They remove and replace fairly easily, but they won't just slide off and on. Requires a little fiddling. The earpads on that seem fairly durable as well.
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# Longevity/UseSteven Moeller 2012-10-04 14:53
I've heard extremely good things about RAZER hardware, about function and precision and that sort of thing, and I've heard extremely bad things about RAZER longevity, and for every product type, as well. The only conclusive thing I've determined, from both those that like their products, and those that don't, is that they never seem to last long. Some of the worst PC hardware horror stories I've heard have been about RAZER products, including one about a NAGA coming apart in my friends hands as he played. This guy treated his hardware more gently than his toddler. I'm left wondering if this is a quality control issue? What are your thoughts, Ami?
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# Longevity/UseAmi Young 2012-10-06 07:30
So far, they seem to have held up well. I'm not a very gentle person with my hardware, and they've put up with my abuse. I wear them around 8 hours a day, every day, and nothing's been shaky on them. I've heard of experiences with Razer products in the past, but so far, so good for me. They've been dropped and pulled off my head semi-violently (I stood on the cord), and nothing's moving in the connections and the headset itself is showing no damage.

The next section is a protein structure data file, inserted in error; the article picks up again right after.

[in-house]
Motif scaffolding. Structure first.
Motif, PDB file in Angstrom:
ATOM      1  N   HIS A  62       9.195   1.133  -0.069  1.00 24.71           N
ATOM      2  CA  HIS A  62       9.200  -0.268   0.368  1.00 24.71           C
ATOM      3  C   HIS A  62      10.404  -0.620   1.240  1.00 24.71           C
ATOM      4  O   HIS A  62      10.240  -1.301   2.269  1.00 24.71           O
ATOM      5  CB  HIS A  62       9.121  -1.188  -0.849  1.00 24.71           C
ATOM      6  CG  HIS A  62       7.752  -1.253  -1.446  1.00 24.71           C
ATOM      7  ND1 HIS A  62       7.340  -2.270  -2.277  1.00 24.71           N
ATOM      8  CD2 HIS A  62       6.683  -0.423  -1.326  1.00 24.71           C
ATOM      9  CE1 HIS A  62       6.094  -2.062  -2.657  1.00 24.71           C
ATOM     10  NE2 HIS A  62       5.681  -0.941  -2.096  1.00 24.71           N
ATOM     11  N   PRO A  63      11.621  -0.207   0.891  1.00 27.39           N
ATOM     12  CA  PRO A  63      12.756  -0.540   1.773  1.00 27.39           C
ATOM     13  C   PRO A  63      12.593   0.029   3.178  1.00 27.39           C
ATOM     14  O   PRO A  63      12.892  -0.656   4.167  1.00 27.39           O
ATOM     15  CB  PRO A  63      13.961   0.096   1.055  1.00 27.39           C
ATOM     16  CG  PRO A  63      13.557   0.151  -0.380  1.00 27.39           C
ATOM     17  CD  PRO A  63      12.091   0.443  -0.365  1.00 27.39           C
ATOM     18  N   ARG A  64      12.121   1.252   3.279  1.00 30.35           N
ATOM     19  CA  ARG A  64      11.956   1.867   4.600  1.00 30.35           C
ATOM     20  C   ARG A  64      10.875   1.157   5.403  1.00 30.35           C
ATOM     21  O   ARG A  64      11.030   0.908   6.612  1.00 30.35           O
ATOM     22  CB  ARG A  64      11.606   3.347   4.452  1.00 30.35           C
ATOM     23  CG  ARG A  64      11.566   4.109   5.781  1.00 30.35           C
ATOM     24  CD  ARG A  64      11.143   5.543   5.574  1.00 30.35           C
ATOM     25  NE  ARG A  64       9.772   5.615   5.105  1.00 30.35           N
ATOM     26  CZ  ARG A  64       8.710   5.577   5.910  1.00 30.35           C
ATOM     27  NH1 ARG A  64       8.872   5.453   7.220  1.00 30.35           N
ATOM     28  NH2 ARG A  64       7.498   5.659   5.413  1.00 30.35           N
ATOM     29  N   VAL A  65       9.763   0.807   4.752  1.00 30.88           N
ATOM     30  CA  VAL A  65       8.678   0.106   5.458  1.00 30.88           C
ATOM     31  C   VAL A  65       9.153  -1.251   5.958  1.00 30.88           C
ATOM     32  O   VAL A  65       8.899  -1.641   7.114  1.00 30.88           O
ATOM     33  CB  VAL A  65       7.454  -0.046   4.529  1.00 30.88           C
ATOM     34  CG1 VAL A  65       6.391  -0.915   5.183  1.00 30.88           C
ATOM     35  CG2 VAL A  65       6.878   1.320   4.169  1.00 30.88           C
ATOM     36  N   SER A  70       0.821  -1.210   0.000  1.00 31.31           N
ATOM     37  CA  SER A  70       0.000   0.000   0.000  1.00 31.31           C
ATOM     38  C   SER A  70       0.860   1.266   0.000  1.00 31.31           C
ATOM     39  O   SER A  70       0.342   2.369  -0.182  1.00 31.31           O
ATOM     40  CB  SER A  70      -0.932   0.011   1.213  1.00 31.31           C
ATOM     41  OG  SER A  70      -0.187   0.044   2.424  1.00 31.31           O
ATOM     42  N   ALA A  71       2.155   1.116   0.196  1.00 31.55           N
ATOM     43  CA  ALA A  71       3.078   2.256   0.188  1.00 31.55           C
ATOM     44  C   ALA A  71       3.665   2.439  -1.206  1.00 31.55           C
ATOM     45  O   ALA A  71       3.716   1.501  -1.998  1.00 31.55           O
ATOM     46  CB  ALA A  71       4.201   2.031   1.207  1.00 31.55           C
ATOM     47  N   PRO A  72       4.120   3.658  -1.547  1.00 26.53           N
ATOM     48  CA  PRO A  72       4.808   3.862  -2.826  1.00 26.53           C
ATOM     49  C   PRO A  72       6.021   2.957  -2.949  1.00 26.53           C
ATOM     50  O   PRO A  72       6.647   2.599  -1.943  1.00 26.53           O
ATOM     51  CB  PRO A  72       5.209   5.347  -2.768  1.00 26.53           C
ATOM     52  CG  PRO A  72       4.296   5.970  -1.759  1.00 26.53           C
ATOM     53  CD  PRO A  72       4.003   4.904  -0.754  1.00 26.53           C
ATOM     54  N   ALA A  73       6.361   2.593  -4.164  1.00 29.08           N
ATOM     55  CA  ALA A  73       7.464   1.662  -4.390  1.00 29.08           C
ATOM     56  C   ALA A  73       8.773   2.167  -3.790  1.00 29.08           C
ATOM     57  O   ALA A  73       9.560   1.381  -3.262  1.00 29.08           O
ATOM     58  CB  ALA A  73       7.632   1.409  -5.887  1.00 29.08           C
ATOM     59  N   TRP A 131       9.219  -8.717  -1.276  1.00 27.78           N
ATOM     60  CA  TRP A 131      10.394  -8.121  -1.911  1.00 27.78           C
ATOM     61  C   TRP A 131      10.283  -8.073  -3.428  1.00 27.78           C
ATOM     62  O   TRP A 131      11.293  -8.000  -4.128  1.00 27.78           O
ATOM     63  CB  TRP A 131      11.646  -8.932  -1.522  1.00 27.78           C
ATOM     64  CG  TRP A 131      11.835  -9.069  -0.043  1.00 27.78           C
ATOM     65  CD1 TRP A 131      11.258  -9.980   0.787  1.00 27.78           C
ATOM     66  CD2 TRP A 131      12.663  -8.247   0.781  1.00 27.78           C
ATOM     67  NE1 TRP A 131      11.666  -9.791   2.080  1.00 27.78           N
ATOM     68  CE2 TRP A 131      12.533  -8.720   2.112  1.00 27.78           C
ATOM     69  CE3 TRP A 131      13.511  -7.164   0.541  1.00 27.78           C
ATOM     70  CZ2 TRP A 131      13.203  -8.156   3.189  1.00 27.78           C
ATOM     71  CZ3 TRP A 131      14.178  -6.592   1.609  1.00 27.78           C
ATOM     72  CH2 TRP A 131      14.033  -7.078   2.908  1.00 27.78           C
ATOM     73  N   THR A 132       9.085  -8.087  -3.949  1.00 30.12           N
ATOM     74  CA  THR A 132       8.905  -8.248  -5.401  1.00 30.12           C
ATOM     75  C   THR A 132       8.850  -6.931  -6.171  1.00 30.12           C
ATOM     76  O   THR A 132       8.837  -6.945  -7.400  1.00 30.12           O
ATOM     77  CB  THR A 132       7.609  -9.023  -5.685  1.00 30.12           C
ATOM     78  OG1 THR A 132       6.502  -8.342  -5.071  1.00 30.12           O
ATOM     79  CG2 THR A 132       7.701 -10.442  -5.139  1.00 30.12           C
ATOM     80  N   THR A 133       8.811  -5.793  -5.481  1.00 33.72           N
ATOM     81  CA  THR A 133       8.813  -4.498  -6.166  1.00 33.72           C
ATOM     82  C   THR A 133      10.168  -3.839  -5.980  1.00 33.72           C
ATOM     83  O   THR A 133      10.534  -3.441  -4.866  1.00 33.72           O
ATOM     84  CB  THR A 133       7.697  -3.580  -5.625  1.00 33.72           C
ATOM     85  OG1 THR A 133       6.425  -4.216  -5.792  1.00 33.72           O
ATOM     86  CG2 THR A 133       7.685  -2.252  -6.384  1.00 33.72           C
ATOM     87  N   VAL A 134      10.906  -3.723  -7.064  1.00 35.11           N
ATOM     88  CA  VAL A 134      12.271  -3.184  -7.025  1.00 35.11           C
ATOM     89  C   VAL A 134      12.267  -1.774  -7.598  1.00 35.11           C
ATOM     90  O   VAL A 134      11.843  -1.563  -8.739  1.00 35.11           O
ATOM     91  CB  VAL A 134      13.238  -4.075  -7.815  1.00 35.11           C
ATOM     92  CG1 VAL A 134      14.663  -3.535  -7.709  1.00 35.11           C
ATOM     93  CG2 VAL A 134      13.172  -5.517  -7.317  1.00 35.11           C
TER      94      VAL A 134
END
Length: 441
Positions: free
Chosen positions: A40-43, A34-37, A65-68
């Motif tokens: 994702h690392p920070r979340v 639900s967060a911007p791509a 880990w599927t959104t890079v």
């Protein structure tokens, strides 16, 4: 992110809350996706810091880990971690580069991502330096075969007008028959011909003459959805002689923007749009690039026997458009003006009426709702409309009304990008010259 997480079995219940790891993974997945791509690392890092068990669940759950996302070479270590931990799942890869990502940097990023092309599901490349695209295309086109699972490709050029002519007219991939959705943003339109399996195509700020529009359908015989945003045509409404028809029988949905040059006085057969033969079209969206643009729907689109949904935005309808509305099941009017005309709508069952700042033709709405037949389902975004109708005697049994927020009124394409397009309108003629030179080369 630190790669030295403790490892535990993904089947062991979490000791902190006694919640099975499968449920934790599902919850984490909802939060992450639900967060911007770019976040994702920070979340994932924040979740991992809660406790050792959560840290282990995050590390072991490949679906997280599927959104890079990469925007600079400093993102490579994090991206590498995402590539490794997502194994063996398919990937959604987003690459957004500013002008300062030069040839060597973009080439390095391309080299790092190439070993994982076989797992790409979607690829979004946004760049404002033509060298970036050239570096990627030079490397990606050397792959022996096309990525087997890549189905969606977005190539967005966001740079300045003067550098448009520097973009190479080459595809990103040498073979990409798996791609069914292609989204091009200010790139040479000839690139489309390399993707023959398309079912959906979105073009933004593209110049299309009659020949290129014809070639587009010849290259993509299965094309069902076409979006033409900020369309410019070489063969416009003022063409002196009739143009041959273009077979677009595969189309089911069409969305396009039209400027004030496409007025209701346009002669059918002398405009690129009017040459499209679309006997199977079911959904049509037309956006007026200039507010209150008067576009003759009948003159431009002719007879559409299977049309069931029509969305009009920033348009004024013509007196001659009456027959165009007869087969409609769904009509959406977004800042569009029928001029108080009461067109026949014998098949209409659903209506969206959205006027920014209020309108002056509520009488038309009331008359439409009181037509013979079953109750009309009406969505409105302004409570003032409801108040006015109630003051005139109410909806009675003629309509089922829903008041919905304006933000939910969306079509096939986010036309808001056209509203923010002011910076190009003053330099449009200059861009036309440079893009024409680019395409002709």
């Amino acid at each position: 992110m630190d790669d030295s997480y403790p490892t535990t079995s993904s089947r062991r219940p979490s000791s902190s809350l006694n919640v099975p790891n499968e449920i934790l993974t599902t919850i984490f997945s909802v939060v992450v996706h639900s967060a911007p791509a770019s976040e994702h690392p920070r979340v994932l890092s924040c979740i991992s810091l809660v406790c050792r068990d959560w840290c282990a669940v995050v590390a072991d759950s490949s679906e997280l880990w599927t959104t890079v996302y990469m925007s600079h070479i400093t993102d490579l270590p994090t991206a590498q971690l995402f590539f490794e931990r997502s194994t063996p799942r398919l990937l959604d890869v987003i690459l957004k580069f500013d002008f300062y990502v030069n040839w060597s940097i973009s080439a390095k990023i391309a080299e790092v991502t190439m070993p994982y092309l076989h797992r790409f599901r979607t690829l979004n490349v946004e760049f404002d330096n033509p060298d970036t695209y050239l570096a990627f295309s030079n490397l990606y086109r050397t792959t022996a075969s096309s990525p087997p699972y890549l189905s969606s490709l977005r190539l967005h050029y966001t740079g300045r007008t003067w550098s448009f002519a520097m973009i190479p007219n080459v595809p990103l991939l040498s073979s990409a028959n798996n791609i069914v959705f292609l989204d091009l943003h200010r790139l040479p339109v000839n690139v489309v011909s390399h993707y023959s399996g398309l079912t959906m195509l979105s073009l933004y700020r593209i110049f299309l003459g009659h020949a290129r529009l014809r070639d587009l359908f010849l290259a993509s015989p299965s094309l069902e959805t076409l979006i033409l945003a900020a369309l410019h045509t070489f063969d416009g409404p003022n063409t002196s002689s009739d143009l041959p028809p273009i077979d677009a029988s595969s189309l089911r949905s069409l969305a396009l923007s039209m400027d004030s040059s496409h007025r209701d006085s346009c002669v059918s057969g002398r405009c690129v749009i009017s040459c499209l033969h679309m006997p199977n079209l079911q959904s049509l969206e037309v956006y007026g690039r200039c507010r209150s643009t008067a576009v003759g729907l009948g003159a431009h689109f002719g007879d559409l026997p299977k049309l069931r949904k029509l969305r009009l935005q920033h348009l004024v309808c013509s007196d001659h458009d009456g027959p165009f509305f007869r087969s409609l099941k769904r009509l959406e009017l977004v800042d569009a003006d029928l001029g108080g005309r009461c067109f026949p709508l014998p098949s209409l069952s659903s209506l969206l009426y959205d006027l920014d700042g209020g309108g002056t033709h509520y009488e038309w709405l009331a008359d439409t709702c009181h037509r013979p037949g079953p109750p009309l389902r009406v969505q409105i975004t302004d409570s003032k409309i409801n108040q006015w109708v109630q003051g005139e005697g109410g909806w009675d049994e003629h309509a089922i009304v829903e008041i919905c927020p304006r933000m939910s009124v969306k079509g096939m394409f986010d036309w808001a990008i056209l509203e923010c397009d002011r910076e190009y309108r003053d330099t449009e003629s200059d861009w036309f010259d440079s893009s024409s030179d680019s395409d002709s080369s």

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# Longevity/UseLuke 2012-11-14 17:55
I'm thinking about buying this headset because I really like razer products. I use a DeathAdder 3.5G and it looks very sturdy, not just like it's going to break soon. Considering that the Genius gaming mouse I had before (yea, Genius is bull#) broke in less than one year in my hands, this Razer mouse is doing pretty well.
I'd say that, if the headset is as good as the DeathAdder, I'll have no regrets.
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# RE: Longevity/UseAmi Young 2012-11-14 18:09
So far, so good. I've had it for a couple months, still find it comfortable and I've pitched it at the floor in a fit of MMO rage a few times.
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# RE: RE: Longevity/UseJacob 2012-12-27 22:48
I have had the same experience as Ami. The only downside to them I found what that the microphone is not resistant to dogs and the connecter is bent really easy when the cat knocks your laptop off the counter onto the connecter that's in the computer. Other than that there is no microphone and I have to fiddle the connecter, they still work amazingly well.
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# RE: Longevity/UseLasse Hauberg 2012-11-29 07:01
I've been having a these for almost 3 years now, and i'm only just starting to think of replacing them. They have never bailed out on me, nor has the quality ever dropped in them.
I can only recommend them.